Windows 2000 supports authenticated logon, which means that when users try to access a Windows 2000 network, they must provide credentials for authentication. These credentials usually take the form of a username and password; however, Windows 2000 can also authenticate credentials that take the form of certificates. IIS supports five authentication models: Anonymous access, Basic authentication, Integrated Windows authentication, Digest authentication, and client certificate mapping. One of these methods must be used to authenticate users before they can gain access to resources in IIS. This lesson describes each of these authentication models and provides information on how to choose an authentication model for your Web site.
In Windows 2000, authentication refers to the process of verifying the identity of entities that communicate over a network. Authentication allows initial access to the operating system. For example, suppose a user is trying to log on to a computer by providing a username and password. Windows 2000 compares that username and password to an authorized list. If the credentials are valid, the user is allowed to log on to the system and can then access resources controlled by the system.
Once a user is authenticated, Windows 2000 attaches a security token to all processes (applications) that the user runs. The token identifies the user and the Windows groups to which the user belongs. If a user tries to access an object in the network, such as a file, Windows 2000 compares the user information in the token to the information in the object’s access control list (ACL), which is a list of security protections that apply to the object. The ACL determines who can gain access to a resource in a Windows 2000 environment.
Before a user can access resources in IIS, that user must be authenticated. If the Web site is set up for Anonymous access, the IUSR_computername account is used, and users are not prompted for credentials. If the Web site is set up for nonanonymous authentication, they are prompted for credentials. The authentication process includes a number of steps:
Each Hypertext Transfer Protocol (HTTP) request from a browser runs within the security context of the user account. The operations that are performed when the HTTP request is executed are limited by the capabilities granted to that account.
IIS supports five authentication models: Anonymous, Basic, Integrated Windows, Digest, and client certificate mapping. This rest of this section discusses each of these models.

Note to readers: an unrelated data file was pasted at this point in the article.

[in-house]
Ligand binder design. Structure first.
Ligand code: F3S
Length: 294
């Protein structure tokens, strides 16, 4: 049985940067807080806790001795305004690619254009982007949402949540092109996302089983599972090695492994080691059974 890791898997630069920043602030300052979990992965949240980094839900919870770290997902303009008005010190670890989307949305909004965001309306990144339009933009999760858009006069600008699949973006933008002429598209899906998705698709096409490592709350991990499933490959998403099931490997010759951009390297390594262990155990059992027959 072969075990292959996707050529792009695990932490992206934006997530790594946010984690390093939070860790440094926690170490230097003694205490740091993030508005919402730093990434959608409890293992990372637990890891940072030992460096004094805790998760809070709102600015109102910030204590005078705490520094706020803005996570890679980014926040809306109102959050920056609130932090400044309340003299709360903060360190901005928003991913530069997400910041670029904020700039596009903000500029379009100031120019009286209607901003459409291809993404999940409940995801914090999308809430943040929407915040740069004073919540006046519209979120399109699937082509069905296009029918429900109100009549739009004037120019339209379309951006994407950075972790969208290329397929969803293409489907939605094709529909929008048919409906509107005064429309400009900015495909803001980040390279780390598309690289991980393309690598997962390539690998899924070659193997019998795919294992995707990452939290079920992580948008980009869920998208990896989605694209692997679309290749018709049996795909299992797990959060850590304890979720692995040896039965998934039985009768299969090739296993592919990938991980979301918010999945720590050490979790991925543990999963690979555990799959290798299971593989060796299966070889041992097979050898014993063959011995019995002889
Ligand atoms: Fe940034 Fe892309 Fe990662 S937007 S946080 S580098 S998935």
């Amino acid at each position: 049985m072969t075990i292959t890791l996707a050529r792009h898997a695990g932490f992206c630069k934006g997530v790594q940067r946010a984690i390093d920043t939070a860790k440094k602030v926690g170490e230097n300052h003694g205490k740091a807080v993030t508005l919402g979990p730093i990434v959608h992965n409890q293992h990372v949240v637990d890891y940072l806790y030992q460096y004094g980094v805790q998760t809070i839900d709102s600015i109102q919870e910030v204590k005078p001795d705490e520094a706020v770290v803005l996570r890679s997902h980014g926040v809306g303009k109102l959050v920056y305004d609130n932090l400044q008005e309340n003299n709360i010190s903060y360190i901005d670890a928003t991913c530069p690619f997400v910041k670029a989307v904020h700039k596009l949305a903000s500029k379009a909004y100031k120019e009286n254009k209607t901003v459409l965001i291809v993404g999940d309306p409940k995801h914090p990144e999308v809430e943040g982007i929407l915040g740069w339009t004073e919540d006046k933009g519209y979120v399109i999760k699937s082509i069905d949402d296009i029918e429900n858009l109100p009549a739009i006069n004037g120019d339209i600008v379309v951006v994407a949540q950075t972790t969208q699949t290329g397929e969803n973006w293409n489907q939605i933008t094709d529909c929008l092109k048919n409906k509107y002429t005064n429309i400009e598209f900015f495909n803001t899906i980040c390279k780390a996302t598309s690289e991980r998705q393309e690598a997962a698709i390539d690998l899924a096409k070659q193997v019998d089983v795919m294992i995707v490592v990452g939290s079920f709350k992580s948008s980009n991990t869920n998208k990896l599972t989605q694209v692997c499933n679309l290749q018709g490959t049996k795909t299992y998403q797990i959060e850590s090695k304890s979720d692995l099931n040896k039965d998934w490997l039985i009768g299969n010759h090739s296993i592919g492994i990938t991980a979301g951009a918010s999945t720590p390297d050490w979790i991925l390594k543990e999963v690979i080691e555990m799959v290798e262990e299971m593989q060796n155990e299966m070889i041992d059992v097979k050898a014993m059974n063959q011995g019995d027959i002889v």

Windows 2000 allows only valid users to log on to its system. However, the Internet, for the most part, is a very anonymous environment, and relatively few Web sites prompt visitors for a username and password. To work around this situation, IIS provides the IUSR_computername account so that a real Windows account can be used when you want to provide anonymous users access to your resources. The account gives anonymous users the right to log on locally. Windows 2000 uses the IUSR_computername account when anonymous users are authenticated with Anonymous access.
Figure 10.1 illustrates the authentication process that occurs when an anonymous user requests a page from a site that’s set up with Anonymous access. From the user’s perspective, the request is a straightforward process and the page is returned without the user being prompted for a username and password.
Figure 10.1 - Anonymous access to the DEFAULT.HTM file
When IIS is configured for Anonymous access, a password must be created for the IUSR_computername account. This password must be the same in IIS and in Windows 2000. By default, the password is synchronized automatically. (The Allow IIS To Control Password check box in the Internet Services Manager tool is selected.) When this option is enabled, IIS uses a subauthenticator to inform Windows that the password is correct. Although this makes administration easier, it can present problems when a user is trying to access some network resources, such as a Microsoft Access database.
In these cases, you must disable automatic synchronization (by deselecting the check box). Authentication is then performed differently from when it is enabled. Rather than using a subauthenticator, IIS calls the LogonUser() application programming interface (API) in Windows to log the account on to the system. As a result, you must then ensure that the username and password are set up correctly in Windows 2000. If the username and password match when IIS passes them to Windows 2000, the account is successfully logged on, the security token is cached by IIS 5.0, and the account is impersonated.
Basic authentication is part of the HTTP 1.0 specification and is supported by most Web servers and most Web browsers. Unlike Anonymous access, Basic authentication requires a user to provide credentials in order to log on to the system. Users must have local logon rights to the Web server in order to be authenticated. You can use Basic authentication to track who has access to which resources, based on the user ID, so that you can restrict access to some parts of the Web server. Basic authentication uses NT file system (NTFS) security to restrict access to files on an IIS Web server.
Figure 10.2 illustrates the authentication process that occurs when a user requests a page from a site that’s set up with Basic authentication. After users request the page, they’re prompted for a user name and password.
Figure 10.2 - Basic access to the DEFAULT.HTM file